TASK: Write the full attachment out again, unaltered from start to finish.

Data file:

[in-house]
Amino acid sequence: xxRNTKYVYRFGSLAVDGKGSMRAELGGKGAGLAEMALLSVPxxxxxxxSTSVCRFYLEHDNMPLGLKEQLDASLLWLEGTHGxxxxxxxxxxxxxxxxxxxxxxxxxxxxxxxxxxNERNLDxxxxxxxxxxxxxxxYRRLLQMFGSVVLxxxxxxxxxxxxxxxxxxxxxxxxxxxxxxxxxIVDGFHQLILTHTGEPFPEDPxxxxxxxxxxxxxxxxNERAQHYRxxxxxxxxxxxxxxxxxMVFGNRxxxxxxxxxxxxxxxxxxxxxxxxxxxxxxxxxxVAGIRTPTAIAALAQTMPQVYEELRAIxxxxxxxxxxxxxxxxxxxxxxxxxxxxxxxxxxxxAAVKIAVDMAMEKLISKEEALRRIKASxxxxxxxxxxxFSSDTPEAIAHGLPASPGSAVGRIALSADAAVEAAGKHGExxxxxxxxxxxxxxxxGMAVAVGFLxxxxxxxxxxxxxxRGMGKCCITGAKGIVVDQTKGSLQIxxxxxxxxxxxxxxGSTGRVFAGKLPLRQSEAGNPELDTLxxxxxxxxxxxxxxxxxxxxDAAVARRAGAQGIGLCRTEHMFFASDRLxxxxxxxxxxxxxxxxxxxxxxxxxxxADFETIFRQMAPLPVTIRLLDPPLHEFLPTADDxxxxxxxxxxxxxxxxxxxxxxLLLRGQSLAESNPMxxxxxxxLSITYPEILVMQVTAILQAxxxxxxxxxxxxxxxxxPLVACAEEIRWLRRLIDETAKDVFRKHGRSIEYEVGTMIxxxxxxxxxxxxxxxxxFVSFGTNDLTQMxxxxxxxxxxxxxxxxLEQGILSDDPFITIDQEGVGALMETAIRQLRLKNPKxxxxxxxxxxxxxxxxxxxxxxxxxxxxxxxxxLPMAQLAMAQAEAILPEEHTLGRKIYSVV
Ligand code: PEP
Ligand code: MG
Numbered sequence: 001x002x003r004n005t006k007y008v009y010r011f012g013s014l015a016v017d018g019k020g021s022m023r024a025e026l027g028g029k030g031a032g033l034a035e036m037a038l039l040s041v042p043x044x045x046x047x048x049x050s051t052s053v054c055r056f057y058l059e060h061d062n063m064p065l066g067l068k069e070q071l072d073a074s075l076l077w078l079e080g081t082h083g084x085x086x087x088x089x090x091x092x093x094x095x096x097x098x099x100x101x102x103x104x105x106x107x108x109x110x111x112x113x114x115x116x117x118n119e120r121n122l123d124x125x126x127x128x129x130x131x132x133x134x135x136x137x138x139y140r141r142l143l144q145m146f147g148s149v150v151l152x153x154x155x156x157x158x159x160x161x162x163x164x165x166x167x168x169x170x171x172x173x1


[in-house]
Amino acid sequence: xxRNTKYVYRFGSLAVDGKGSMRAELGGKGAGLAEMALLSVPxxxxxxxSTSVCRFYLEHDNMPLGLKEQLDASLLWLEGTHGxxxxxxxxxxxxxxxxxxxxxxxxxxxxxxxxxxNERNLDxxxxxxxxxxxxxxxYRRLLQMFGSVVLxxxxxxxxxxxxxxxxxxxxxxxxxxxxxxxxxIVDGFHQLILTHTGEPFPEDPxxxxxxxxxxxxxxxxNERAQHYRxxxxxxxxxxxxxxxxxMVFGNRxxxxxxxxxxxxxxxxxxxxxxxxxxxxxxxxxxVAGIRTPTAIAALAQTMPQVYEELRAIxxxxxxxxxxxxxxxxxxxxxxxxxxxxxxxxxxxxAAVKIAVDMAMEKLISKEEALRRIKASxxxxxxxxxxxFSSDTPEAIAHGLPASPGSAVGRIALSADAAVEAAGKHGExxxxxxxxxxxxxxxxGMAVAVGFLxxxxxxxxxxxxxxRGMGKCCITGAKGIVVDQTKGSLQIxxxxxxxxxxxxxxGSTGRVFAGKLPLRQSEAGNPELDTLxxxxxxxxxxxxxxxxxxxxDAAVARRAGAQGIGLCRTEHMFFASDRLxxxxxxxxxxxxxxxxxxxxxxxxxxxADFETIFRQMAPLPVTIRLLDPPLHEFLPTADDxxxxxxxxxxxxxxxxxxxxxxLLLRGQSLAESNPMxxxxxxxLSITYPEILVMQVTAILQAxxxxxxxxxxxxxxxxxPLVACAEEIRWLRRLIDETAKDVFRKHGRSIEYEVGTMIxxxxxxxxxxxxxxxxxFVSFGTNDLTQMxxxxxxxxxxxxxxxxLEQGILSDDPFITIDQEGVGALMETAIRQLRLKNPKxxxxxxxxxxxxxxxxxxxxxxxxxxxxxxxxxLPMAQLAMAQAEAILPEEHTLGRKIYSVV
Ligand code: PEP
Ligand code: MG
Numbered sequence: 001x002x003r004n005t006k007y008v009y010r011f012g013s014l015a016v017d018g019k020g021s022m023r024a025e026l027g028g029k030g031a032g033l034a035e036m037a038l039l040s041v042p043x044x045x046x047x048x049x050s051t052s053v054c055r056f057y058l059e060h061d062n063m064p065l066g067l068k069e070q071l072d073a074s075l076l077w078l079e080g081t082h083g084x085x086x087x088x089x090x091x092x093x094x095x096x097x098x099x100x101x102x103x104x105x106x107x108x109x110x111x112x113x114x115x116x117x118n119e120r121n122l123d124x125x126x127x128x129x130x131x132x133x134x135x136x137x138x139y140r141r142l143l144q145m146f147g148s149v150v151l152x153x154x155x156x157x158x159x160x161x162x163x164x165x166x167x168x169x170x171x172x173x1